8. Cardiac Physiology Review

    Microsoft Academic Search

    Brian Feingold; Ricardo Munoz

    A basic understanding of cardiovascular physiology is fundamental to the comprehension of the conditions and pharmacological\\u000a mechanisms described throughout this Handbook. With that goal in mind, this chapter provides an overview of cardiovascular\\u000a physiology and highlights the unique aspects of the neonatal and pediatric heart. Although not intended to be an exhaustive\\u000a review, this chapter should serve to familiarize the

  9. Electrostatic Radionuclide Separation: A New Version of Rutherford's "Thorium Cow".

    ERIC Educational Resources Information Center

    Eiswirth, Marcus; And Others

    1982-01-01

    Describes three experiments (also useful as demonstrations) using a "thorium cow," a device which concentrates the daughter products from thorium compounds by precipitation on a charged electrode. (JN)

  10. Nonsystemic causes of the downer cow syndrome.

    PubMed

    Cox, V S

    1988-07-01

    Traditionally, the downer cow has been considered a metabolic problem. This viewpoint cannot account for the pelvic limb predilection of the condition. Whatever the primary cause of recumbency, all recumbent animals are susceptible to pressure damage. The extensive literature on pressure damage in human beings and horses is reviewed. Miscellaneous causes of and contributing factors to bovine recumbency are reviewed. Concepts and details of diagnosis, prevention, management, and therapy are discussed. PMID:3061616

  11. Nutrient Requirements of the Cow and Calf. 

    E-print Network

    Maddox, L. A. Jr.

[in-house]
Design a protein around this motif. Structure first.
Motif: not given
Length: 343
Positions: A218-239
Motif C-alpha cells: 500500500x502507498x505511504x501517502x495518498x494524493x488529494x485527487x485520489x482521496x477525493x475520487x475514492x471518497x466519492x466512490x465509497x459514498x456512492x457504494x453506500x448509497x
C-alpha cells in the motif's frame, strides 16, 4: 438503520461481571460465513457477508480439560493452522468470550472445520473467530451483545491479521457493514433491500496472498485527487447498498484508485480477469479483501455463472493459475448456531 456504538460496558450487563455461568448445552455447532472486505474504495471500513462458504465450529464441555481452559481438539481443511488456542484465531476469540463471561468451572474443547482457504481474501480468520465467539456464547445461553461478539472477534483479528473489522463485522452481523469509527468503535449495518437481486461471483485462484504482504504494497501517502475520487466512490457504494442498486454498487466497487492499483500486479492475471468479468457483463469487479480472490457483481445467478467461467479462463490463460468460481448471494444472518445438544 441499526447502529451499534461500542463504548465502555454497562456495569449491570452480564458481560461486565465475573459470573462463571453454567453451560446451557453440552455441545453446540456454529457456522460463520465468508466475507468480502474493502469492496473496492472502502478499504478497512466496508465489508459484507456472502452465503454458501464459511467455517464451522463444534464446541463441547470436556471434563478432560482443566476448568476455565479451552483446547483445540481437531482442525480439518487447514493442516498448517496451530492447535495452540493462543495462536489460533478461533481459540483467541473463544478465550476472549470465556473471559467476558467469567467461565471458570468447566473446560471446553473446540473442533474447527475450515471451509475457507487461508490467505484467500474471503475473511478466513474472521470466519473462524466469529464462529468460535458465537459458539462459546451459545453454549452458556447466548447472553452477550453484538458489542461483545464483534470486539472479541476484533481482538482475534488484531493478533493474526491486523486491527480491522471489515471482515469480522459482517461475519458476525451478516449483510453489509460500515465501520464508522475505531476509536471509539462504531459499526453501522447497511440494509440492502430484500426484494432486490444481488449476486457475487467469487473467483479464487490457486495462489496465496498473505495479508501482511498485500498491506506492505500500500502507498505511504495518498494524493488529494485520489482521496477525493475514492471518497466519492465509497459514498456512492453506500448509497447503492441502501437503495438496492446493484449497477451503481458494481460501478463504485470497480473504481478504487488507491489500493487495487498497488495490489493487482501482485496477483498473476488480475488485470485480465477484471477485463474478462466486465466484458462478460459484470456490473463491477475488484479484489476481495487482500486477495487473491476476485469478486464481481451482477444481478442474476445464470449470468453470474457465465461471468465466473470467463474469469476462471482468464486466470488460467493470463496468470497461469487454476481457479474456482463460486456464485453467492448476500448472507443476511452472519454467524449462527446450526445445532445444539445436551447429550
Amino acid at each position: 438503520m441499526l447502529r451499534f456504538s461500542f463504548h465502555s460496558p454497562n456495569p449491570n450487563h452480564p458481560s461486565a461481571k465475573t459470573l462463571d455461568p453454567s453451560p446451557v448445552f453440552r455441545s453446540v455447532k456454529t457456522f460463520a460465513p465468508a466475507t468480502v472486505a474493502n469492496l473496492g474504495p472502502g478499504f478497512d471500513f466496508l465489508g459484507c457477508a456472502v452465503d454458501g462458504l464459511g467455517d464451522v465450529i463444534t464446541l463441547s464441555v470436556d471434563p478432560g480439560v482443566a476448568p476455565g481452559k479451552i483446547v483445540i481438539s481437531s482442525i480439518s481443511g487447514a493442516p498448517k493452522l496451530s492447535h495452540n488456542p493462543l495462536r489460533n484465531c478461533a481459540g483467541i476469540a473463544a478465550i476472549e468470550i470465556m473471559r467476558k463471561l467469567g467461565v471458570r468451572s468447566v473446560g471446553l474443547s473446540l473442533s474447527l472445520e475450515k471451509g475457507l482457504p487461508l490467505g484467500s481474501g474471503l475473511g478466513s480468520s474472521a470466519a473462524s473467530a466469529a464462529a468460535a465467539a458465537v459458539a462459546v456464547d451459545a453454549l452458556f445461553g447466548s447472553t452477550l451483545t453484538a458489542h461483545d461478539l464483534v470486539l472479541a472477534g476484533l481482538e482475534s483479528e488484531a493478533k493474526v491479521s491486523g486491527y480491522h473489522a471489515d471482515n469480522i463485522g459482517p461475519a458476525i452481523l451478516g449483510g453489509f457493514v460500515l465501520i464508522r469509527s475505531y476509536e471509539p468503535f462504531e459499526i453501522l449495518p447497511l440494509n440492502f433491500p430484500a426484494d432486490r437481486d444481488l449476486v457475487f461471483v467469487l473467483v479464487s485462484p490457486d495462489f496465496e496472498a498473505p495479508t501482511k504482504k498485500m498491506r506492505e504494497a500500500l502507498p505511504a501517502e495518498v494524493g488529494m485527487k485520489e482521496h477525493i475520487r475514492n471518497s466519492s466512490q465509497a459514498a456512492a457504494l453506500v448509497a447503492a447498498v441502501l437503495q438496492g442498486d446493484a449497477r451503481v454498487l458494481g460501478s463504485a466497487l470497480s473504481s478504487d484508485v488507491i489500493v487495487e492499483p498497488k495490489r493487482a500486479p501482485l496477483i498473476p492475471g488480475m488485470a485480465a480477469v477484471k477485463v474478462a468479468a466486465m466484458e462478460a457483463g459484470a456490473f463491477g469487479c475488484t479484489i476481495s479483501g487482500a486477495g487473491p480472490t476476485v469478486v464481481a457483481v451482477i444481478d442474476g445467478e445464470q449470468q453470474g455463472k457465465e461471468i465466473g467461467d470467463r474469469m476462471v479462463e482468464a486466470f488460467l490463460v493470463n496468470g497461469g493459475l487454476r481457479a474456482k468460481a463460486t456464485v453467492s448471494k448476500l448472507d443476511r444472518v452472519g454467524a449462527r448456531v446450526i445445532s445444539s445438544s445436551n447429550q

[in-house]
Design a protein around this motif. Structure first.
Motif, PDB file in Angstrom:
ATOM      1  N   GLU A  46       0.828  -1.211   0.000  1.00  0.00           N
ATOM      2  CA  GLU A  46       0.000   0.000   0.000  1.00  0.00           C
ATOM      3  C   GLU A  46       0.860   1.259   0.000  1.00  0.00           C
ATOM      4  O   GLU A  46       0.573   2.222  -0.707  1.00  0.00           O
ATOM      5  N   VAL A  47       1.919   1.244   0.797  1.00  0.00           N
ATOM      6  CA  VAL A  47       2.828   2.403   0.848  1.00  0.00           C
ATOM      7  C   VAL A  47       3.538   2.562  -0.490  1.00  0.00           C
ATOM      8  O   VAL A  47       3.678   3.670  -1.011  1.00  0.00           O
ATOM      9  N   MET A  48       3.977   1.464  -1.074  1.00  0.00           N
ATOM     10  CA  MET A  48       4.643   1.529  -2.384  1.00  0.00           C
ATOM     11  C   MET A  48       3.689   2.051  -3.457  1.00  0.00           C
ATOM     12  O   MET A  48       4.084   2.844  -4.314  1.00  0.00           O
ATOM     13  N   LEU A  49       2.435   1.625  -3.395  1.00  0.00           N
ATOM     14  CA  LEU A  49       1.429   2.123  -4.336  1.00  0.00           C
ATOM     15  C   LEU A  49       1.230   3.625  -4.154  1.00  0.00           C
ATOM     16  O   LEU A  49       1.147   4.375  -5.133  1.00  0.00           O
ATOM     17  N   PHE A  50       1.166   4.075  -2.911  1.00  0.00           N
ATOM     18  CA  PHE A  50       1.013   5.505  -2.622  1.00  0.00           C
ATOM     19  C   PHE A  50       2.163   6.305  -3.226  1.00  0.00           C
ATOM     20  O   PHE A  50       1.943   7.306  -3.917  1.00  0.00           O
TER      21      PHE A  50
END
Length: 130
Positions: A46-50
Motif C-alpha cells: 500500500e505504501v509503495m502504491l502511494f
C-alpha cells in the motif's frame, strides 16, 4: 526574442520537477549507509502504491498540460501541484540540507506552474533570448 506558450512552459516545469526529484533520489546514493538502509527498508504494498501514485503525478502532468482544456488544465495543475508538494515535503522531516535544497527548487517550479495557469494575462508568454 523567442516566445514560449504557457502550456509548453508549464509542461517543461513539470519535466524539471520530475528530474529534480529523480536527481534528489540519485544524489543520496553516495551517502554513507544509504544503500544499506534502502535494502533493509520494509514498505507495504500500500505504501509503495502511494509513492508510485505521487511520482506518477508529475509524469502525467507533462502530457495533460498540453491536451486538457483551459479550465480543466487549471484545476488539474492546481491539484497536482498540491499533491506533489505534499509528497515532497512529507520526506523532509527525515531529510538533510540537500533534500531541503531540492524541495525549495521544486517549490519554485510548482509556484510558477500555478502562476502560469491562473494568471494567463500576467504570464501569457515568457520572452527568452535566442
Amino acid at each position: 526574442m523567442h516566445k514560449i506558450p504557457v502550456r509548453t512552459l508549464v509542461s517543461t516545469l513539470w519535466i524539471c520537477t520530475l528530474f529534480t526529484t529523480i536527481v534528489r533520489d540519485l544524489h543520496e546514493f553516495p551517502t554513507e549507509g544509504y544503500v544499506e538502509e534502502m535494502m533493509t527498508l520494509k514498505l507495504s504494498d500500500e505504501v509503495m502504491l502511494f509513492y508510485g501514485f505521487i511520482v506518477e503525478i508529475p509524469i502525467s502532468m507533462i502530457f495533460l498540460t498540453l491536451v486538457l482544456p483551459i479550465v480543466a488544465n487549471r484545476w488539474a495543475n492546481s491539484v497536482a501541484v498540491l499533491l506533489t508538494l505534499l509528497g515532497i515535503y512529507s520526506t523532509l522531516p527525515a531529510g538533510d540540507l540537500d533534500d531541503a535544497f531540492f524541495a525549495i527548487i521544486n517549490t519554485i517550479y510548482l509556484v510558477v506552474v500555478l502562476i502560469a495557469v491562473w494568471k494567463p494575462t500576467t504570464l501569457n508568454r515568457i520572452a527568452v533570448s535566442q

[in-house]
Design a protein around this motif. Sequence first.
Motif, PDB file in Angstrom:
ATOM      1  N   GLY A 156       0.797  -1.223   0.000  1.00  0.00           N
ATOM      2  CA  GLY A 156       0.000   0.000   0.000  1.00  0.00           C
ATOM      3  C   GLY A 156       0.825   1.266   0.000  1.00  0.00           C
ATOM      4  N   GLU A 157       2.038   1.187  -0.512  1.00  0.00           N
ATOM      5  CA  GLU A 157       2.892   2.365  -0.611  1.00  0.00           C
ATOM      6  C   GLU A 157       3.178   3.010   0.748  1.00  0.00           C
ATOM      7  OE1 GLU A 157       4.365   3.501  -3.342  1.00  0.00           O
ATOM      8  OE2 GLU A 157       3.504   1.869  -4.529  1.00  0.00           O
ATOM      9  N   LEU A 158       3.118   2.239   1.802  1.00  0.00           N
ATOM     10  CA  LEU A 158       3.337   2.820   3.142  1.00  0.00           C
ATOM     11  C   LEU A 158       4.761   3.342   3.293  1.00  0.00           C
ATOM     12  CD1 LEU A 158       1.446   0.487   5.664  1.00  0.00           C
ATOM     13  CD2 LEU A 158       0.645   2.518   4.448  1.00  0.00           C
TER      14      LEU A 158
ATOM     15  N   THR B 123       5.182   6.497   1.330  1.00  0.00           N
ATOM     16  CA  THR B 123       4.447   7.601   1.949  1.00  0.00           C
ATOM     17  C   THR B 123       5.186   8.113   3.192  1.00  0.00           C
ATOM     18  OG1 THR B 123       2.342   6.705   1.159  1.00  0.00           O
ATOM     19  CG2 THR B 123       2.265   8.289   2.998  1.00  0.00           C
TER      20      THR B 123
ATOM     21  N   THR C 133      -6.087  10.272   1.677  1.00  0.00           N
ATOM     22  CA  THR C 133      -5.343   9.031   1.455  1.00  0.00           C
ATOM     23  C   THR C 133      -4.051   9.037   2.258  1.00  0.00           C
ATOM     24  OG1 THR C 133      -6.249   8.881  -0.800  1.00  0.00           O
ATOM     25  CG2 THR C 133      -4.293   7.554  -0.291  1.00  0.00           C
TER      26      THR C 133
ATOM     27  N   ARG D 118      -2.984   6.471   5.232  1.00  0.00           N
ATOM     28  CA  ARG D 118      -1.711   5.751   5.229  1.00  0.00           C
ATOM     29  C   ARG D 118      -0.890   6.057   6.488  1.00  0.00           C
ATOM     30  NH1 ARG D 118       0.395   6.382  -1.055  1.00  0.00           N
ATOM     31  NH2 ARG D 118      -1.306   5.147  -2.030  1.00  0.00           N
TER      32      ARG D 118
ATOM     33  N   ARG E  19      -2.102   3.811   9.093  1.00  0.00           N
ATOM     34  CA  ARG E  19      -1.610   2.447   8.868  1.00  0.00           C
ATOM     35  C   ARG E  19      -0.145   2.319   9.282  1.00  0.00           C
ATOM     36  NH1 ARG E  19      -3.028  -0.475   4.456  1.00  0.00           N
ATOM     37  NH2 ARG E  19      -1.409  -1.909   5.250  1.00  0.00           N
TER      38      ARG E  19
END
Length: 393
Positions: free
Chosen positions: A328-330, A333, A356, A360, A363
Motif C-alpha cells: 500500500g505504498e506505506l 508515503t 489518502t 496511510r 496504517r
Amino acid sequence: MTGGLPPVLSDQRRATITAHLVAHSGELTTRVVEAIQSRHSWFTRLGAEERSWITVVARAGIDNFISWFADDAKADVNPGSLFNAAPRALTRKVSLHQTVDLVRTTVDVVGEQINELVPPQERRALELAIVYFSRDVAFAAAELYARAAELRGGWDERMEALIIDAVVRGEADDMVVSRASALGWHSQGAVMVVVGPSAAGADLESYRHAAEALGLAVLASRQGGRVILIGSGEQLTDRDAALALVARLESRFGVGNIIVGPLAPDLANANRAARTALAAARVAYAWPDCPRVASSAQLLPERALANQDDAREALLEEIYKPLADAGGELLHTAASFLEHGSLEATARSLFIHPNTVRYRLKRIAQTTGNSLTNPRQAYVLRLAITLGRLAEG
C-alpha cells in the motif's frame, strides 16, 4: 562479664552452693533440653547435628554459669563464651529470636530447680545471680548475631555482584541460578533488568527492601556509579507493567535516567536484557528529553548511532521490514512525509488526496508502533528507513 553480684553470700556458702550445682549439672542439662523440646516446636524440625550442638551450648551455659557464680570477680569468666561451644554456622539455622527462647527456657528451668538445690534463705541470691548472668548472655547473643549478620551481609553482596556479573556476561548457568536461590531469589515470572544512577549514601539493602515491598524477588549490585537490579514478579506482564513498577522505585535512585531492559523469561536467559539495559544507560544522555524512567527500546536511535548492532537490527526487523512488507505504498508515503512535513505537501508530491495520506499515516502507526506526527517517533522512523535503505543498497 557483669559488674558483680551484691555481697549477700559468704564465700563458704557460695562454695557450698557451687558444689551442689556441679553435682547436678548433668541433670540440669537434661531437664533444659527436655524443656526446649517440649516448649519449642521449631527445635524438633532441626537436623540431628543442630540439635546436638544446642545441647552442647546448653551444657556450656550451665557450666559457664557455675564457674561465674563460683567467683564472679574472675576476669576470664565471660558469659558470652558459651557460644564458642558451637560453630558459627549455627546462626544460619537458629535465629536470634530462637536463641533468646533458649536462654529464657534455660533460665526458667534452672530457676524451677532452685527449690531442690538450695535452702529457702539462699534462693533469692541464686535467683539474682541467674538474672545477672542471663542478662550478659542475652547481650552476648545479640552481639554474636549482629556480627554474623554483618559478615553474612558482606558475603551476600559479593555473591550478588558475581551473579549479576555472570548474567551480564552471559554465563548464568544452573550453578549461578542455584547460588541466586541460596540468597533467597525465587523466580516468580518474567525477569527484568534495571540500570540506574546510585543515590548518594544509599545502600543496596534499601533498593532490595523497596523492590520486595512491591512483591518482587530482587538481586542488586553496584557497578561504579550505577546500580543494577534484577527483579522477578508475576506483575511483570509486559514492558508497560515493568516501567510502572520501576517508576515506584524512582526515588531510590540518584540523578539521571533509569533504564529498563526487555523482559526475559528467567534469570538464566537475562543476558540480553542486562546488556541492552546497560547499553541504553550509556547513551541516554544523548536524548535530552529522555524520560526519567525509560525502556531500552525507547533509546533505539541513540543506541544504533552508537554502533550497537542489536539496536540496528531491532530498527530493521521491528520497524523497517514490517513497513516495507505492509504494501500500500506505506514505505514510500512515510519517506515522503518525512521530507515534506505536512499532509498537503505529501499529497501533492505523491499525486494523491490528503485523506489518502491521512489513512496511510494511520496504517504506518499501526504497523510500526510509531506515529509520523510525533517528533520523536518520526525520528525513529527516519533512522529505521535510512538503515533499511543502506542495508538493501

1965-01-01

    the : devote little space to the neecls of the cow and energy value of feeds antl nutrient requirements of If'. Information necessary to establish require- animals (Glossary of Energy Terms, 1962) . A :nts for several functions are limited and some..., National Re- Osage County, Oklahoma, Texas A&M search Council Publication 464. Univ., PhD Dissertation. 10. Nutrient Requirements of Beef Cattle, 1963, 5. Fraps, G. S., 1947, The Composition and Util- National Academy of Science, National Re- ization...

  12. Cow-Calf Enterprise Standardized Performance Analysis

    E-print Network

    McCorkle, Dean; Bevers, Stan

    2009-03-02

    Cow-Calf Enterprise Standardized Performance Analysis Risk Management E-556 RM3-13.0 03-09 *Professor and Extension Economist?Management, and Extension Program Specialist III ?Economic Accountability, The Texas A&M System. Cattlemen...- tion systems. In 1992, the National Cattlemen?s Beef Asso- ciation adopted the Standardized Performance Analysis (SPA) system developed through efforts of NCBA producers, the National Inte- grated Resource Management Coordinating Committee...

  13. Effects on Nutrient and Hormonal Profile of Long-Term Infusions of Glucose or Insulin Plus Glucose in Cows Treated with Recombinant Bovine Somatotropin Before Peak Milk Yield

    Microsoft Academic Search

    Martin Léonard; Elliot Block

    1997-01-01

    Ten Holstein cows were treated with 30.9 mg·d-1 of recombinant bST from 15 to 41 d of lactation. The Latin square design included three infusion periods of 6 d each with 3 d of rest between infusion periods. Infusions were physiological saline, glucose (50 g·h-1) , and insulin plus glucose (12.5 IU·h-1 +5 0 g·h-1) . Blood was collected continuously

  14. Effects of "own" versus "alien" suckling on incidence of ovarian luteal activity, estrus and secretion of luteinizing hormone, oxytocin and prolactin in early postpartum beef cows 

    E-print Network

    Silveira, Patrice Auvern

    1992-01-01